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The economics of demonstrations

15 Aug 2019 at 12:10hrs | Views
Demonstrations are a huge mark on a nation's economy. The average man is not aware of this. Maybe after reading this piece, the common man will be able to contextualize what a political demonstration mean.

A country's economy is like its heart beat. The heart beat supplies blood laden with nutrients and other vital life essential, so does a functional economy. A demonstration brings business to a standstill, more so a violent one. This means the economy will begin to suffer starvation of certain nutrients vital to a functional economy.

I will look at a demonstration from two sides. The state's side and the demonstrator's side.
Once a demonstration is notified according to the law, -well it is lawful to stage a demonstration so longit is within the confines of the law- the state has to allocate not just time to it but manpower and financial resources otherwise useful in other areas. It doesn't end there, fuel, otherwise not budgeted for will be allocated to all public institutions that might have an interest in the demonstration.

In the above paragraph, I spoke of the state. The state also cascades down to local government structures with semi-autonomous existences. These also allocate resources towards a demo, resources that can be put to other uses to enhance the resident's welfare. Local authorities have properties and citizens to protect against potentially unruly picketers.

I will go back to central government. The government puts up a standby law-and-order force to escort the demonstrators. They will be kitted with minimal force weapons to promote law and order among the demonstrators. They will use same to protect the demonstrators against some overzealous elements that may want to stop the demonstrators from exercising their constitutional right. Yes, every demonstration has two distinct camps, one for its supporters, and another for its opponents. The demographics of these camps do not matter. What matters is that these camps exist and the possibility of them clashing if left to their means is inevitable.

Also, among the demonstrators will be motorists who may want to outcompete the marchersout of the roads claiming that they pay road taxes while pedestrians do not. If not prohibited from harassing the marchers, some overzealous drivers may drive over the marchers. The police will also set aside ambulances to evacuate casualties in the event of a stampede, so will the City Health Department. In both instances, resources otherwise deployed elsewhere will be channelled to this cause.

The fire brigade will also beef up its manpower and technologies of work. Nobody can predict what a mob does. A mob has one cumulative mind added up of various minds of varying mischiefs. What can come out of it can seldom be positive. All these institutions are funded by public money. So, in essence a demonstration is a self-inflicted wound. People fund their own demonstrations in order to squander resources collected from them! See?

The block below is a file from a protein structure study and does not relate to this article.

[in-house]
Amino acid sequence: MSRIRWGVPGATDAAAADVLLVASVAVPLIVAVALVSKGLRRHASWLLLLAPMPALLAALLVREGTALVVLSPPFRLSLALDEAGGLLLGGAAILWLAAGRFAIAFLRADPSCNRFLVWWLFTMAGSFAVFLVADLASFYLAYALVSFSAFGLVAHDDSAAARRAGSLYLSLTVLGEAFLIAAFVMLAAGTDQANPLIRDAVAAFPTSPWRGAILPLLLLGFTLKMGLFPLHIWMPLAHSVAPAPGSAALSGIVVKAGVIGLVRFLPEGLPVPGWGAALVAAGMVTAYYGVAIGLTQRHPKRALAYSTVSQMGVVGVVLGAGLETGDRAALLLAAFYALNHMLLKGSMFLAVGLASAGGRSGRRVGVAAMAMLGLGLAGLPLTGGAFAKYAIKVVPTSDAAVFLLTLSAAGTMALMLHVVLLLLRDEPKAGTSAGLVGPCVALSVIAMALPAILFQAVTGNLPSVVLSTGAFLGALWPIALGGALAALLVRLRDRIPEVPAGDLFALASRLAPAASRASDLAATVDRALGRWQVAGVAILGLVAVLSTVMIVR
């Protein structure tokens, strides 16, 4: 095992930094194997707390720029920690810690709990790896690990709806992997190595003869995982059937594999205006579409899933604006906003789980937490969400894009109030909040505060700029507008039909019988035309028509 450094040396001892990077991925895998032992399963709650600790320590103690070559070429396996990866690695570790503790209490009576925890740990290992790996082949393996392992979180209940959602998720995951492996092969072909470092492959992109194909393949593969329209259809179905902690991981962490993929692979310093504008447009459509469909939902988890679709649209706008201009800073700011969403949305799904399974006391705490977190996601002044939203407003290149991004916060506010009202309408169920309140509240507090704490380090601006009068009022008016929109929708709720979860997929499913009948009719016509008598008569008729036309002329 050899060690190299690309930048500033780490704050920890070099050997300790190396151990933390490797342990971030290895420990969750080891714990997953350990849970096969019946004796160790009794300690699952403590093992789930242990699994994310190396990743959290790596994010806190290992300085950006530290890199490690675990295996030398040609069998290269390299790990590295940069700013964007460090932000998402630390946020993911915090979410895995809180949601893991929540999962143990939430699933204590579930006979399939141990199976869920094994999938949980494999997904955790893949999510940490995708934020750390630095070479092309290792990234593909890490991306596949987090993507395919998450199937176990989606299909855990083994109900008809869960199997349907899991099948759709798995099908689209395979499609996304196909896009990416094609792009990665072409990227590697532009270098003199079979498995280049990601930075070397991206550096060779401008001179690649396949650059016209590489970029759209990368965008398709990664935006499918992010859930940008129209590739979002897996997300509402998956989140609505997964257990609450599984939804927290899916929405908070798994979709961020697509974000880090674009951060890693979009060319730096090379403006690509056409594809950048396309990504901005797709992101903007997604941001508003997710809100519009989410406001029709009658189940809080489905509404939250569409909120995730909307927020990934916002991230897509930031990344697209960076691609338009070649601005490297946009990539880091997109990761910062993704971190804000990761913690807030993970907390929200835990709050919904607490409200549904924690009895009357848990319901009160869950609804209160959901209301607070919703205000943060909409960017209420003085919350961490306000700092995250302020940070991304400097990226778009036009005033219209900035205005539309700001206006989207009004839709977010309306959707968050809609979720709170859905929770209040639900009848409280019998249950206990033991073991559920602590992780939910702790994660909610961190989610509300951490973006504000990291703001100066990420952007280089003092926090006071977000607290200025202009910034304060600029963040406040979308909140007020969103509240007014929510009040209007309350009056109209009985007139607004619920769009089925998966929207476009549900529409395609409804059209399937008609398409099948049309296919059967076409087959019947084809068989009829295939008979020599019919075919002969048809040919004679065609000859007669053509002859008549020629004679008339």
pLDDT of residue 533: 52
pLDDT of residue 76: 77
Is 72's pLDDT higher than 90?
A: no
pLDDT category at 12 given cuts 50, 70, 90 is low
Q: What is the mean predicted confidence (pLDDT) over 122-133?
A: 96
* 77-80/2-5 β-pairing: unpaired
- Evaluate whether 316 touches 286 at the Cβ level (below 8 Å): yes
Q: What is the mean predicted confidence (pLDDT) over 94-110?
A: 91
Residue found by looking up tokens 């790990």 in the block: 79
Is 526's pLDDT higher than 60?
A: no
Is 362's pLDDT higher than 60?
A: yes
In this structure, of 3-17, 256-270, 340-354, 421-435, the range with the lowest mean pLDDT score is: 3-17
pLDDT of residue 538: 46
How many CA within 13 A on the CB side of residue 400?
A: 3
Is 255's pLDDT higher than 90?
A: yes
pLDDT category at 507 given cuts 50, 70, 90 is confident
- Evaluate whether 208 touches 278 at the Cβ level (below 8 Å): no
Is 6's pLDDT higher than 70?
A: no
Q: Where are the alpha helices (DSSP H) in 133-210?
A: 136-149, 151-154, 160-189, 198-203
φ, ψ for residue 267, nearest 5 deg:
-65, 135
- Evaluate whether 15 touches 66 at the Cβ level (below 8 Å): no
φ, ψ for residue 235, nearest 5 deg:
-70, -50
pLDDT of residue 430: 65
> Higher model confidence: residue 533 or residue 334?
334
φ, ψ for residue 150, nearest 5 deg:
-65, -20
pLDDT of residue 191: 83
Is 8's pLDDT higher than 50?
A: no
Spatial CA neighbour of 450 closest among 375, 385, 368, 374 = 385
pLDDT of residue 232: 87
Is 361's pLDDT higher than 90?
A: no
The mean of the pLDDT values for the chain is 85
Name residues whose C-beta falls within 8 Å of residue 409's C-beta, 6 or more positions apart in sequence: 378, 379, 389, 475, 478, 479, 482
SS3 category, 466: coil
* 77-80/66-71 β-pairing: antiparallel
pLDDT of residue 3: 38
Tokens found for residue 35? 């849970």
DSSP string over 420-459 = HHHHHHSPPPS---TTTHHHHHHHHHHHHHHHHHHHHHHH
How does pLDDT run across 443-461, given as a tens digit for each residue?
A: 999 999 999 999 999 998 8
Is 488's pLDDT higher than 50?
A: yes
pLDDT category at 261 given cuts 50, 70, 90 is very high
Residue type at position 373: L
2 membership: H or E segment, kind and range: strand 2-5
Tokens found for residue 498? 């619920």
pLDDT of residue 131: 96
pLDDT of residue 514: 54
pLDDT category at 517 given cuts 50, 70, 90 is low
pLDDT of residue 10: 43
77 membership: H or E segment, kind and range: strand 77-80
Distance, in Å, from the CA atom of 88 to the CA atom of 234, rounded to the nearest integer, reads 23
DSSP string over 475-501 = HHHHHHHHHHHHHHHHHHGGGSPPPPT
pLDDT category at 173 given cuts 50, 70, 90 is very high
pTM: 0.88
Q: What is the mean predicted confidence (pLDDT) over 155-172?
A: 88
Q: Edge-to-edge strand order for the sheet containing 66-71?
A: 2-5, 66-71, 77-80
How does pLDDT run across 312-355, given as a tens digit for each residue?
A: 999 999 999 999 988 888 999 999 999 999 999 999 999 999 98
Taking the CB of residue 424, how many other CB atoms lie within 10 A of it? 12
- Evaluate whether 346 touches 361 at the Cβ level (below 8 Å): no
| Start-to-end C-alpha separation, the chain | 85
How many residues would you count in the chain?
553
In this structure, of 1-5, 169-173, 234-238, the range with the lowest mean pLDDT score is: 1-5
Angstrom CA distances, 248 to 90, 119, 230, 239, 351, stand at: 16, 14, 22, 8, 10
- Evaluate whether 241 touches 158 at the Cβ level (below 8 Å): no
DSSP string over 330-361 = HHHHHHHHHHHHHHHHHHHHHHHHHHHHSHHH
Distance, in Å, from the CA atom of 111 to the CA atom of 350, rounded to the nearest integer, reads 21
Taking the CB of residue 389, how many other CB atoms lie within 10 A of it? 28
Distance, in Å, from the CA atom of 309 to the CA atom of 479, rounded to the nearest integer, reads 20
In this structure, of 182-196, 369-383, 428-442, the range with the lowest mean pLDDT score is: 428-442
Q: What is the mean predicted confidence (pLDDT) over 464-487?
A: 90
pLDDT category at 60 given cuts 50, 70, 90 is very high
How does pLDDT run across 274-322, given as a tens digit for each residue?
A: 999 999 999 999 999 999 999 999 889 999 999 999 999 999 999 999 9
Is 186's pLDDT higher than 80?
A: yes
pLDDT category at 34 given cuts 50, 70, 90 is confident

From the demonstrator's perspective, he has to leave his commercial activity in order to engage in a non-rewarded activity. If self-employed, this person will find his daily financial obligations waiting for him and reminding him too that a day's void in earnings and payments is present and has to be filled by non-other than the very demonstrator who spent the whole day singing unrehearsed songs to a non-captive audience. From a government perspective, this will be a day of lost taxes.

Those formally employed who may join the demo will be absent from work and end up claiming a full salary for labour not rendered. This will disadvantage their employers. The chief planners of these demonstrations usually have firms they run somewhere. They do not want their workers to close shop to join the demo either. This means employers stand to lose through payment of wages for no work done. Therefore in the case of both the employer and the employee, a demo restricting freedom to gainful trade will be an infringement of a fundamental right due to every citizen regardless of social and political frontiers.

Given the track record of demonstrations in Zimbabwe, people otherwise not interested in the demonstration may be intimidated from going to work for fear of losing limb, life or property. Anything which people participate in out of fear is not constitutional. People have freedoms they ought to consummate during their lifetime. Any threat that negates this opportunity to an enjoyment of rights defeats the course of natural justice.

People can get injured in the course of a demonstration from activities solely related to such an event. The same people will require medication so they reclaim their good old health. This drains private purses. In the absence of personal resources, the state will be duty bound to chip in with resources that could have otherwise been deployed elsewhere so the injured person gets medical attention.

In the unfortunate event of death occasioned by the demonstration, a family would have lost a member. One death is one too many. A family may be left mourning a father, a brother, a husband, a breadwinner and a source of love. A company somewhere would have lost a worker. A landowner would have lost a tenant. Government would have lost a tax payer. Political parties would have lost a potential voter. The local council would have lost a ratepayer and a resident. All the above losses could be avoided by simply avoiding the demonstration and pursue other areas of political engagement. A wife who cannot negotiate a peaceful solution to a domestic problem with her husband within the confines of their bedroom walls cannot expect to win the same lost concessions by running the whole village nak*d at midday denouncing her husband.

Source - Chigumbu Warikandwa
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